31 October, 2011

Divided by the same language

On the weekend my sister-in-law's Facebook status said "Hot hot hot". I think they were expecting 34 degrees yesterday where they live in Central Queensland. 

However, temperatures here have cooled at night-time. So on Saturday we changed to warmer sheets and heavier bed coverings. I quickly discovered that the names for these things vary considerably across the globe when I wrote this on Facebook:
What Aussies call a doona and doona cover.
Doonas (US=duvet) and flannelette sheets on the beds again as of today. Looking forward to some cosy nights.
I should have done better research (or any at all). Because an American friend immediately objected, saying he had not a clue what I was talking about. Doonas, duvets and flannelette sheets were a total mystery to him. This preceeded a flurry of comments explaning that the duvet is a European thing, from French actually. Many Americans call them "comforters", but not all. Some non-Europeans also call them "Continental Quilts". Doona is a brand name in Australia, but it seems it comes from Swedish.
As for the slightly fluffy winter sheets us Aussies call "flannelette", Americans call "flannel", or most of them do. I do not know what British or Europeans call them. I did meet an American yesterday who only would call them flannel if they had a crossed-type pattern on them. I didn't confuse the conversation by telling him that we call shirts and pyjamas made of this material, "Flannies"!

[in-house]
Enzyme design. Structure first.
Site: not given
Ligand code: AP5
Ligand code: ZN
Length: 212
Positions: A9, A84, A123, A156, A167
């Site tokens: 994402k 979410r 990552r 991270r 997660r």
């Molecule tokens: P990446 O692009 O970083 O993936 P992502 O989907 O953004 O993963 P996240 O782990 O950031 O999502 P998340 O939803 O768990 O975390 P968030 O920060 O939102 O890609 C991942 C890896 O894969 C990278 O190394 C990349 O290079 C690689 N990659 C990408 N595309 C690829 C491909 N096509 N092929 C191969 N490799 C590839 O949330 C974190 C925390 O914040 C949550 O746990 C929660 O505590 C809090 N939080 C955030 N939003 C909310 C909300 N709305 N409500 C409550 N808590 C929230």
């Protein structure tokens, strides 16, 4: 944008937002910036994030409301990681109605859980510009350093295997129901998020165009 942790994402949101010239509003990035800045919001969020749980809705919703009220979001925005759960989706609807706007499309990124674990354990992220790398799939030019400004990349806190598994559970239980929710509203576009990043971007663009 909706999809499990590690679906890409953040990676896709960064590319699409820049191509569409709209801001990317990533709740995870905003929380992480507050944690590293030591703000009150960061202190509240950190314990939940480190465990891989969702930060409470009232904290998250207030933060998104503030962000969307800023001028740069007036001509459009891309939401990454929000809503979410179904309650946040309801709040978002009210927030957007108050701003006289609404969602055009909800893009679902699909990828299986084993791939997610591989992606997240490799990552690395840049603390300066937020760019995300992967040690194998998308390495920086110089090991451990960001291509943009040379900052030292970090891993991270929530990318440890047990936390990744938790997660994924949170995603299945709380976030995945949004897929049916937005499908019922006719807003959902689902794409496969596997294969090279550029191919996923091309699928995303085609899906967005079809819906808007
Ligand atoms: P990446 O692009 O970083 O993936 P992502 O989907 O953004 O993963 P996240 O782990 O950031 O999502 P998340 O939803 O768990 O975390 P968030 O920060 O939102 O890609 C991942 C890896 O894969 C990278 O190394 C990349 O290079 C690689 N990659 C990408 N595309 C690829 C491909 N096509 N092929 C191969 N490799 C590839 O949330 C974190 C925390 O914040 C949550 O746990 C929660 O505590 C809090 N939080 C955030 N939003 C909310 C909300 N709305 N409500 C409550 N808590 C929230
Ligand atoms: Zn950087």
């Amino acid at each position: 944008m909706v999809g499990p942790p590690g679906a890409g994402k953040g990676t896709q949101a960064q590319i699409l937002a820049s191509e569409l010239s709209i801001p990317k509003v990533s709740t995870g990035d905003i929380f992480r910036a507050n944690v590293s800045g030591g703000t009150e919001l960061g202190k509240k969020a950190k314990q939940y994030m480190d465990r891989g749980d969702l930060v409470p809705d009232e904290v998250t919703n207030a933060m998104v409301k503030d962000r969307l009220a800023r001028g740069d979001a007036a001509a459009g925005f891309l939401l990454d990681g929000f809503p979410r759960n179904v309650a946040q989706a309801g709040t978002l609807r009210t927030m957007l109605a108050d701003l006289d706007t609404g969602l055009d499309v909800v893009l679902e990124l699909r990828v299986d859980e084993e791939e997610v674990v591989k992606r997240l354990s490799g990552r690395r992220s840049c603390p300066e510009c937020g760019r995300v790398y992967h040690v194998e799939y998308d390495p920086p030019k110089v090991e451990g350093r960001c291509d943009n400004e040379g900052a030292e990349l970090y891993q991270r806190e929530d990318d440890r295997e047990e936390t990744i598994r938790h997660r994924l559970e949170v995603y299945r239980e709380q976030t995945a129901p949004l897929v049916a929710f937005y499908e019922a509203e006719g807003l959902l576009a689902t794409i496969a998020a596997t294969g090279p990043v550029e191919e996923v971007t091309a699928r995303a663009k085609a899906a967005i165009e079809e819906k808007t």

Last night David and I reflected on this interesting Facebook exchange that spilled out into an after church discussion yesterday. His feeling was that it was a little bit sad, that we had nothing better to do than talk about bedding! I countered that with, "No, people are fascinated by language and are usually keen to tell you what they call something where they come from." 
 As an Australian writer/editor in an English-speaking environment that comprises of people from a large variety of backgrounds I get more opportunities than most to interact on this front. It is enjoyable, as long as people are graceful in asking, "What on earth do you mean when you say or write . . . ? "


April said...

I think Dusty didn't want to call the sheets flannel because those kinds of sheets are often labeled "jersey" sheets in the US, like at Walmart. But outside of those instances, I've heard jersey to mean t-shirt fabric, not this softer fabric.

I guess there isn't even a standard in the US!

Wendy said...

Yes, no standard! Someone also quietly wondered whether some of the differences were a male/female difference.

Gary and Barbara said...

I'm sure women are much more versed in fabric terminology. We tend to associate words with our experience of them. I realize that I associate the word flannel with a plaid pattern because my father wore "flannel" shirts his whole life, and they were always this soft fabric with a plaid pattern. I thought it was strange when Barbara switched the sheets for winter and called them "flannel" even when they didn't have a plaid pattern, but I didn't argue about it. Now I know I had tied flannel and plaid together in my mind without realizing it.